Sweeny Says: What Will Jeter Get?

By Sweeny Murti
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That’s the most fascinating question of this off-season. It’s fascinating for so many reasons: Jeter is the face of the Yankees, but 36 years old and coming off the worst season of his career, going into a year in which he will become the first Yankee ever to reach 3000 career hits.

There is none of the intrigue reserved for other free agents who have multiple suitors. Jeter wants to be a Yankee, and the Yankees want to keep him, and his value on the open market is a fraction of what his value is with the Yankees. What makes this so interesting? The final numbers.

If this was last year, Jeter coming off one of the best seasons of his career (.334 BA, Gold Glove, World Series Championship) this wouldn’t be nearly as tough to figure out: a five year deal for $100-125 million, right? But this year Jeter hit .270 with a .340 OBP and .370 SLG. All three percentages were easily the worst of his career. Was it an aberration or the beginning of a downward trend?

Anybody who knows Derek Jeter is betting on a rebound in 2011. But the Yankees have to bet with real money because they have to sign him to a new contract. And the one factor they can’t ignore is the natural decline that comes with age. Jeter turns 37 next June.

So with all this in mind, I decided to poll some experts to find out what they thought Derek Jeter would end up signing for. I asked 26 people around baseball (13 agents and 13 current or former executives) for their predictions. For obvious reasons, none of the executives were from the Yankees and none of the agents was Jeter’s rep Casey Close. The results were as interesting as I hoped they would be.

Of the 26 guesses, I tossed out the highest and the lowest. The highest was a $150 million dollar lifetime package, and the lowest was 2 years at $10 million per year. Both those guesses came from team executives. Of the remaining 24 figures, the average terms were 2.9 years at $17.1 million per year. The 13 agents averaged out at 3 yrs, $17.6 million, while 11 executives averaged out at 2.7 years, $16.5 million. Many of these people added possibilities for deferred income, a personal services deal after his playing days, and a 3000-hit marketing/bonus clause.

The year Jeter is coming off in 2010 is the main reason why this exercise is so intriguing. Of the 24 guesses used in the figures above, the AAV (average annual value) ranged as low as $10 million and as high as $23 million. If I polled the same people about Cliff Lee, I doubt I would get as big a disparity in the AAV. And while the agents’ AAV averaged slightly higher than the executives’ guesses, the $23 million guess came from a team exec, acknowledging the deep connection and the deep pockets that play into this equation.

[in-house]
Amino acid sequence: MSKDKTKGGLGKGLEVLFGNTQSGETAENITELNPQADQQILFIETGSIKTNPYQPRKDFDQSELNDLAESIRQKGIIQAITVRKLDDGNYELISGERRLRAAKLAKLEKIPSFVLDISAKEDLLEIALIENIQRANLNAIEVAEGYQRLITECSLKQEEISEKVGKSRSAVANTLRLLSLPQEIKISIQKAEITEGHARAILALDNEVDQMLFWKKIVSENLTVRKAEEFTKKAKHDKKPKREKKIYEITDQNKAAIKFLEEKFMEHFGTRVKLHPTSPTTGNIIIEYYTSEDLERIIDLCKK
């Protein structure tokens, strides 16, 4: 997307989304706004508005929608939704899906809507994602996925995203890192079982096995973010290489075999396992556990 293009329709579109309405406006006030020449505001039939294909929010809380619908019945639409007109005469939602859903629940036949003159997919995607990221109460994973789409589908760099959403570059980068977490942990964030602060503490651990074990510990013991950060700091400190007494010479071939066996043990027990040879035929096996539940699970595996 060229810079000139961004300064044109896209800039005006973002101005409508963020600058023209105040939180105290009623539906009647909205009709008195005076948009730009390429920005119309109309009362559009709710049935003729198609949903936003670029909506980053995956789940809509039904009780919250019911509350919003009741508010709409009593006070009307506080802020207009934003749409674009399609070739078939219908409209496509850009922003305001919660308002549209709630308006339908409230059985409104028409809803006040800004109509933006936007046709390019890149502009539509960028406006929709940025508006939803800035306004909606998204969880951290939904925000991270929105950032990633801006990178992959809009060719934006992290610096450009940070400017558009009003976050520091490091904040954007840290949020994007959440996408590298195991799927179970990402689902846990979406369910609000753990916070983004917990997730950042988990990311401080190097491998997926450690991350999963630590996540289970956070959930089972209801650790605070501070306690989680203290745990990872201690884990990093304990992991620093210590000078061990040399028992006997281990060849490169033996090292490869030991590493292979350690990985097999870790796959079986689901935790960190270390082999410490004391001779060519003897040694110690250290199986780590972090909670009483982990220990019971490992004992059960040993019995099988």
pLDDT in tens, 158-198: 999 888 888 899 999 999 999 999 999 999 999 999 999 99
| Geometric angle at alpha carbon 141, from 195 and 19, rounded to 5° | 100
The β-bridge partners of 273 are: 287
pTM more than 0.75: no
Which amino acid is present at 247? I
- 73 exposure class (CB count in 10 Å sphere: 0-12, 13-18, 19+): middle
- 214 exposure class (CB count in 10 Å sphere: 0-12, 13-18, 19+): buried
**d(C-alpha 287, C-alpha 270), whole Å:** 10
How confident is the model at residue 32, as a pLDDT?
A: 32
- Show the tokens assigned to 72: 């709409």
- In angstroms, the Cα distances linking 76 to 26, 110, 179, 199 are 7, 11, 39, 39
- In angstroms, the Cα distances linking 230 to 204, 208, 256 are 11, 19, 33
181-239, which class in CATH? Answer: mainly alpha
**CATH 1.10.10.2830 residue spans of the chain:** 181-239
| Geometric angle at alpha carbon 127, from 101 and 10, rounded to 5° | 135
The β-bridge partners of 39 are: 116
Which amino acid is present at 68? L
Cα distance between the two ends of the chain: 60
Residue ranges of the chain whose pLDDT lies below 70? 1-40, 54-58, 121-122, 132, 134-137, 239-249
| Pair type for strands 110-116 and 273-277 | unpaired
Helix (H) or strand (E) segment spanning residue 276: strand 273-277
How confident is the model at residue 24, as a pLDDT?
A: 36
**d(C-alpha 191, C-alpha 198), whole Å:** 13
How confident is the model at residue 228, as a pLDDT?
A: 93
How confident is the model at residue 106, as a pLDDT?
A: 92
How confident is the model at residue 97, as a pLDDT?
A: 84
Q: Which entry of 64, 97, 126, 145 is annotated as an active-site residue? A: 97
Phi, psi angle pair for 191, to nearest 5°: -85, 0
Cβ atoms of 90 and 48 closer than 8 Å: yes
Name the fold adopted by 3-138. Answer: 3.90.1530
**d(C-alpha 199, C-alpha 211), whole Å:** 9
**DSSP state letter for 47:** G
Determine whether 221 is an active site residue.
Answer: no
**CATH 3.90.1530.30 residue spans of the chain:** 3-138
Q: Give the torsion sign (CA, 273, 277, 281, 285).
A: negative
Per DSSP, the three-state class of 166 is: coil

This topic is so interesting it’s being discussed not only on the airwaves and at water coolers, but also in classrooms. “The Business of Baseball” is a graduate level class in the Sports Business Management program at Manhattanville College in Purchase, NY. The class is taught by Vince Gennaro, author of the book “Diamond Dollars: The Economics of Winning in Baseball.”

Earlier this month, the class dissected a case study of Derek Jeter and his upcoming contract negotiations. The 22 grad students, asked to submit their proposals based on all the on-field and off-field factors, posted a median contract of 4 years. $18 million per. The length in this study is skewed a bit by six proposals for five-year deals and two more for six-year deals. Of those in my poll, only two agents guessed as high as four years in length.

So again we come back to this…what is Derek Jeter going to get? We all know he is going to be a Yankee for life. Maybe that’s the important part. It’s just not the fun part.

Sweeny Murti

LISTEN: WCBS 880′s Peter Haskell on Derek Jeter’s contract situation

  • http://www.alltogether.se/?p=786 Aussie rates debate intensifies | Alltogether Gambling

    […] Sweeny Says: What Will Jeter Get? Jeter wants to be a Yankee, and the Yankees want to keep him, and his value on the open market is a fraction of what his value is with the Yankees. What makes this so interesting? The final numbers. Read more on CBS New York […]

  • joek

    i think fans and jeter should both realise (though itl b harder4 jeter cus of these$$$$$$$!) that the objective is 2 win and right now jeter is not helping! so give him wat he wud get on the open market wich is around 2 years 5-6mil per if he dosnt like it lets see how much endorsment money ,respect, he loses he needs the yankees more than they need him!!

  • http://riveraveblues.com/2010/10/guessing-on-the-years-and-the-dollars-for-jeter-37605/ Guessing on the years and dollars for Jeter | River Avenue Blues

    […] the Yanks or Jeter — for their takes on the Derek contract situation, and the results show a wide range of potential deals. The results? An average of three years at $17 […]

  • Greg R.

    I think the “right” deal, a sane offer would be two years, maybe $12.5 million per. And that is overpaying him for what he will deliver on the field. One can expect .270 4 55 numbers from here on in. A third year as a team option would be OK. Four years is ludicrous! Who the heck wants a 40-year-old shortstop hitting .250 with no power?